How do we avoid placing children in foster care? An organization called Safe Families provides one solution, but progressive activists are trying to run it out of the state. They would prefer to just hand families in crisis more cash.

Launched in Illinois in 2003, Safe Families offers parents on the brink of an emergency — suffering from domestic abuse, in need of a medical procedure or a stint in drug rehab or about to be homeless — a chance to place their children in the arms of another family voluntarily for a few days or a few months.

A cadre of social workers supports Safe Families volunteers, who go through extensive background checks and training. The group operates in 40 states, the United Kingdom and Canada and has placed more than 35,000 children in the past two decades.

But Lawyers for Children, the Legal Aid Society and the Legal Aid Bureau of Buffalo claim that by allowing Safe Families to host children, the Office of Children and Family Services is creating a “shadow foster-care” system — and they’re suing the state.

It’s true that thousands of American children are being diverted into “shadow foster-care” by caseworkers who find kids in danger and put them with extended family members rather than officially remove them from their parents’ care and place them in licensed foster homes. But there is no evidence Safe Families is working with child-welfare agencies to do any such thing. The law bars Safe Families from working with any family under an open investigation.

So why is the organization being blamed? Activists claim to want “prevention” programs, but they think the only way to prevent these crises is giving more money to parents. Rise, another group supporting the lawsuit, says, “New York state should be investing directly in families.”

What exactly does it mean to “invest directly in families”? It means giving them cash. As Dorothy Roberts, a University of Pennsylvania law professor, writes in “Torn Apart”: “If we cared about the welfare of children, we would dismantle the foster-industrial complex and send all the cash it sucks up directly to the family members who care for them.”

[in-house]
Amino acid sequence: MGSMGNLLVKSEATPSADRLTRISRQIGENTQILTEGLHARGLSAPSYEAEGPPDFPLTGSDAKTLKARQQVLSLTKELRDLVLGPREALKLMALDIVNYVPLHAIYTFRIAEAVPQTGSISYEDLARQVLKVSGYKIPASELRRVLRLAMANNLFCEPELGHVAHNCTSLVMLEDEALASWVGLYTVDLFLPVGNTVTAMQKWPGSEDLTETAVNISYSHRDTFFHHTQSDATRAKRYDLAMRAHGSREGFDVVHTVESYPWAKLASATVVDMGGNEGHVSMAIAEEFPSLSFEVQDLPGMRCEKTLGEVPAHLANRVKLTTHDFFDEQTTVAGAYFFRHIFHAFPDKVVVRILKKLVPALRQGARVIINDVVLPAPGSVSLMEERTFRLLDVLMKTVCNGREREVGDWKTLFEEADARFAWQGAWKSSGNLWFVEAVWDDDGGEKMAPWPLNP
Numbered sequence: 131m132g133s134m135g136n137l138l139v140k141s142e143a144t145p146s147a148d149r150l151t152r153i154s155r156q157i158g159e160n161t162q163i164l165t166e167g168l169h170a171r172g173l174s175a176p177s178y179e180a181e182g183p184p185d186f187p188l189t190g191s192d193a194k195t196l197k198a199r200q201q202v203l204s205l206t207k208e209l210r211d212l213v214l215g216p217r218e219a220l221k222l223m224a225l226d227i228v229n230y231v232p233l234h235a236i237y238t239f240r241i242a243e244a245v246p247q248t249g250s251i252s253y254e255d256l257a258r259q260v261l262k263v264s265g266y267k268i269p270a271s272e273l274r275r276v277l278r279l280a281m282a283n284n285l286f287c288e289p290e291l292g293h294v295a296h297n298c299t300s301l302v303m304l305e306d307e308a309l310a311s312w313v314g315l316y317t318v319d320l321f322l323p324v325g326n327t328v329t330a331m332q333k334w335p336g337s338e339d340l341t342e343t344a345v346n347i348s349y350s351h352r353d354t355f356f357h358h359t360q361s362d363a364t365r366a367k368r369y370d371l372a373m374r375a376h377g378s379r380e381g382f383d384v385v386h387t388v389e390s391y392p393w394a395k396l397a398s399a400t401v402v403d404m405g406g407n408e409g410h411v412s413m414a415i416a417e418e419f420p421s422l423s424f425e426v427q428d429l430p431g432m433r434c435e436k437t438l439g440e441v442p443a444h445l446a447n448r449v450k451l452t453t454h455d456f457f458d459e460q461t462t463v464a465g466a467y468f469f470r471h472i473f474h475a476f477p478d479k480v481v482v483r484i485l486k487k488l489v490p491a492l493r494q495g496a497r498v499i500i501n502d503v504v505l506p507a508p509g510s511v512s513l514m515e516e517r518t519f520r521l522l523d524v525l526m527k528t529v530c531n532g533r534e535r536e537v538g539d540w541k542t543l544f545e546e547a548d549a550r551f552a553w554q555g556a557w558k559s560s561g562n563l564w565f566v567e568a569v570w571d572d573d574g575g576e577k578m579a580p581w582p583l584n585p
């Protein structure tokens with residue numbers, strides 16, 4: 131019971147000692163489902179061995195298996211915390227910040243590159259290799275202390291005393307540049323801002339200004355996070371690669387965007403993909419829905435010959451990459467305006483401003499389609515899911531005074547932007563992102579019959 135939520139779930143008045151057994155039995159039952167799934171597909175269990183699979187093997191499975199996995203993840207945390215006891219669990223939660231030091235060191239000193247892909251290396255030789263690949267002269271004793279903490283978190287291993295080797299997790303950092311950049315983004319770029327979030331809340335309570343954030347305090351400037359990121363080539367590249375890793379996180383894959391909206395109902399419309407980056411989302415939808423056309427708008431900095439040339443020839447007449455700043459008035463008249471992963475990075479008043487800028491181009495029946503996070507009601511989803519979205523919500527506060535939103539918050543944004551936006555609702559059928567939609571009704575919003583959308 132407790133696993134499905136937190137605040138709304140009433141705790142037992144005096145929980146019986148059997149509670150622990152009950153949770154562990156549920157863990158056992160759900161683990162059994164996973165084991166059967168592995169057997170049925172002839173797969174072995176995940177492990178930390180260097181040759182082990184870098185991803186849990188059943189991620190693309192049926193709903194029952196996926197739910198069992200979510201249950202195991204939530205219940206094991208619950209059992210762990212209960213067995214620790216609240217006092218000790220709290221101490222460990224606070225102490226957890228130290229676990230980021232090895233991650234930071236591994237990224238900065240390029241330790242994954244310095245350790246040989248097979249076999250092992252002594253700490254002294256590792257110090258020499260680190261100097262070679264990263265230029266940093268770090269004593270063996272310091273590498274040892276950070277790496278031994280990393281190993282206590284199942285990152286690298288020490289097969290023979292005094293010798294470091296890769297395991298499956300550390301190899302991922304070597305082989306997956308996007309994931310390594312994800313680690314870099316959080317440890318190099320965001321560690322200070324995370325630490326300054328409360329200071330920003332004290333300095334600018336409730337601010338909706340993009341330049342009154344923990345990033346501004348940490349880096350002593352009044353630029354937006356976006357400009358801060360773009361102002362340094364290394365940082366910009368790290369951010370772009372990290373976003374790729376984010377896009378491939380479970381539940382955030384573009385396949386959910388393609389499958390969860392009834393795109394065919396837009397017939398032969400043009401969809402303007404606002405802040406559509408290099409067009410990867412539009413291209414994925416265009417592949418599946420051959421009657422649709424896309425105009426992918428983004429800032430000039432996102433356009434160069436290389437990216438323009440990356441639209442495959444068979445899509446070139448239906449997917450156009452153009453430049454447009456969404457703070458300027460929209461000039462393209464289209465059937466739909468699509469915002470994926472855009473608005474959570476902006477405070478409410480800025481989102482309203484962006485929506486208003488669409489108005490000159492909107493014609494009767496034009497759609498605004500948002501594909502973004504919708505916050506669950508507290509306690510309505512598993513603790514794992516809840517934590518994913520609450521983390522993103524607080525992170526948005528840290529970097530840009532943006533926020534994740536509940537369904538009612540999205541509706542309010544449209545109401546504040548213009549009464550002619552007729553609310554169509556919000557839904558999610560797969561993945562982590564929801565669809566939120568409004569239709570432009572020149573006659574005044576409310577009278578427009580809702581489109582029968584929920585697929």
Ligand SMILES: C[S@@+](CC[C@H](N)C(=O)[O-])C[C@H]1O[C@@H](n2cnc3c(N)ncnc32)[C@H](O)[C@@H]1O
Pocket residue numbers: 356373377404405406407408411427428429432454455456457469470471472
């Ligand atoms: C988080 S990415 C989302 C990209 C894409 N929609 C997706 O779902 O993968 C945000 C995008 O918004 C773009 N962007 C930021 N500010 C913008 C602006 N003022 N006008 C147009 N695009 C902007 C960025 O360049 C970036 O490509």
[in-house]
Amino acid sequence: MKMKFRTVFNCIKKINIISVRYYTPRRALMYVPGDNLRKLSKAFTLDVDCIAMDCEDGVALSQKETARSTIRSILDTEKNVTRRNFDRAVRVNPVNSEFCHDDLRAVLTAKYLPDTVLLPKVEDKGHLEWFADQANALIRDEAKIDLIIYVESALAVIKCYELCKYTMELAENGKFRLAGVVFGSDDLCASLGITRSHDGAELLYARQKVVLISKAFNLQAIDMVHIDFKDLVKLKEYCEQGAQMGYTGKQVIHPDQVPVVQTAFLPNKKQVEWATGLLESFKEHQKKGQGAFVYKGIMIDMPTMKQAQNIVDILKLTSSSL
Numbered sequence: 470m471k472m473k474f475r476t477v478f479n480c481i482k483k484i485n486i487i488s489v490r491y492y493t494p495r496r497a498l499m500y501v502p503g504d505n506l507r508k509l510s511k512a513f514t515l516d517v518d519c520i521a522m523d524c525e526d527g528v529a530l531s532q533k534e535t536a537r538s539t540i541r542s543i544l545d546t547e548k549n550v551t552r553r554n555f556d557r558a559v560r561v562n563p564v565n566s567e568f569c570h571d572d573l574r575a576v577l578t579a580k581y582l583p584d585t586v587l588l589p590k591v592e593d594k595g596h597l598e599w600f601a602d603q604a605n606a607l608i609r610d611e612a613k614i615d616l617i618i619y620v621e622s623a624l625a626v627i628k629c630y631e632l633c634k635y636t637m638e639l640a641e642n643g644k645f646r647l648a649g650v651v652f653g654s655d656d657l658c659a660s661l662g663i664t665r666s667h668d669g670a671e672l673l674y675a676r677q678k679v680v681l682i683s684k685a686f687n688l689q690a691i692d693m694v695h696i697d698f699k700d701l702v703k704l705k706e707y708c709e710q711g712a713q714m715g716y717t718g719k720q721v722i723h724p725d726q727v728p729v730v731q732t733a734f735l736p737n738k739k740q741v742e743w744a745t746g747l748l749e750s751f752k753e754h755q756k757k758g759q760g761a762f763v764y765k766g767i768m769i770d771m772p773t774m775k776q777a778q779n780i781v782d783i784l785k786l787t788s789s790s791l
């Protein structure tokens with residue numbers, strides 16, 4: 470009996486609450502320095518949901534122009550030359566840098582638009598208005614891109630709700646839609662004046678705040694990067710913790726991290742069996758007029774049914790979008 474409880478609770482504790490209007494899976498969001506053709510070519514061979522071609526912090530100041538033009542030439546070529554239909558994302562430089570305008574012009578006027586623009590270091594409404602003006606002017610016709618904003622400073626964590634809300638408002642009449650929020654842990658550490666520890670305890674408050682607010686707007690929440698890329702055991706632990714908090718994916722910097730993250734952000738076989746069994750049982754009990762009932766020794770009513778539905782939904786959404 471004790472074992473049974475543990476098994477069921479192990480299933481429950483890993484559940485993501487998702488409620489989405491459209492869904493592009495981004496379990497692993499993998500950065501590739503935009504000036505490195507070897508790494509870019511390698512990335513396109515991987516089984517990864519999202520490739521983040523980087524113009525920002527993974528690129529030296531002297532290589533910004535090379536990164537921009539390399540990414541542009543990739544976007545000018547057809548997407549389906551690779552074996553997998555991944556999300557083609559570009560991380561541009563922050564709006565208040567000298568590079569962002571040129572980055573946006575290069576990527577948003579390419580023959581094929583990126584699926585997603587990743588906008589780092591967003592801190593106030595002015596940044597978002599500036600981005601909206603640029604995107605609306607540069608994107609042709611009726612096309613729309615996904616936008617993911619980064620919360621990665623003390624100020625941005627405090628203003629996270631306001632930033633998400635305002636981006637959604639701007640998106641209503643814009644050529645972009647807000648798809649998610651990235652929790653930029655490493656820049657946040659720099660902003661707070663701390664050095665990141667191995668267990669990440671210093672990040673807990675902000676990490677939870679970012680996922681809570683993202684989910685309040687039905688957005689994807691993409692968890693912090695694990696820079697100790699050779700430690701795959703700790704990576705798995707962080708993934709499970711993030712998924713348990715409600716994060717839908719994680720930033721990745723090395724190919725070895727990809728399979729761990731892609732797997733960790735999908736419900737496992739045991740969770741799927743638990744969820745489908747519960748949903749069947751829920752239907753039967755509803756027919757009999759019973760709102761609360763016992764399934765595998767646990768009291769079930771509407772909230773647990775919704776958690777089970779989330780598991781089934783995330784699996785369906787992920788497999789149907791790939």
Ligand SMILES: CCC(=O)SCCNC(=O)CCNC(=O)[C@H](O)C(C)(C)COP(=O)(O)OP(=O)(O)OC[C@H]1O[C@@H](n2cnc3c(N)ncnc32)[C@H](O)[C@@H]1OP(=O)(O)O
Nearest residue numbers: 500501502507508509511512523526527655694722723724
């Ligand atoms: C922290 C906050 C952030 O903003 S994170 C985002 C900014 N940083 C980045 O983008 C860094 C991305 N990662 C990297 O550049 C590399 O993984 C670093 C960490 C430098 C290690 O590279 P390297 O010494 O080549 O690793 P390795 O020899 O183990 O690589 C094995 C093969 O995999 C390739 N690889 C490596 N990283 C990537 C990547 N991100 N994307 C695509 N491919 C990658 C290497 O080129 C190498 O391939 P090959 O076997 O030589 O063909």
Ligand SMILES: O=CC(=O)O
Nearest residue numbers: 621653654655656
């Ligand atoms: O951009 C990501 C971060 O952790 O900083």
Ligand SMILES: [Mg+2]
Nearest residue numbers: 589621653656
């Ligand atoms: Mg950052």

Unfortunately, money isn’t the problem in most of these child-welfare cases. There is serious dysfunction — often mental illness or substance abuse — that financial resources can’t solve.

While it’s become a kind of sacred mantra among progressive activists that the only reason we put kids into foster care is that their parents lack money, there’s little evidence that’s true.

A 2020 paper in the journal Child Abuse & Neglect, which compared children who were investigated for neglect with children whose families were receiving food assistance, found a big difference between child maltreatment and poverty. Children investigated for neglect, for instance, were twice as likely to end up in prison by age 20. Assuming that the only problem these kids are suffering from is a lack of resources underestimates the damage dysfunctional parents are doing to them.

Safe Families, meanwhile, is made up of volunteers. They’re not looking for money at all. The group’s model is a faith-based one, with more than 4,500 churches of various denominations supporting Safe Families programs. As its website notes, “By extending hospitality to others in need, Safe Families for Children returns the Church to its historic role of caring for the orphan and the widow.” But its affiliation with these churches may be another reason progressives are trying to keep them out of this space.

Now, Safe Families was never going to be able to solve the majority of child-welfare cases because the model requires that people in trouble have the forethought to realize they’re in trouble. Safe Families took in a number of children during COVID, for example, whose single parents were first responders and didn’t have any other options for keeping their families safe. Most adults caught up in the child-welfare system have mental-health and/or substance-abuse problems that prevent such early decision-making.

But Safe Families has filled an important niche in helping vulnerable families across the country. It should be free to help New York families as well.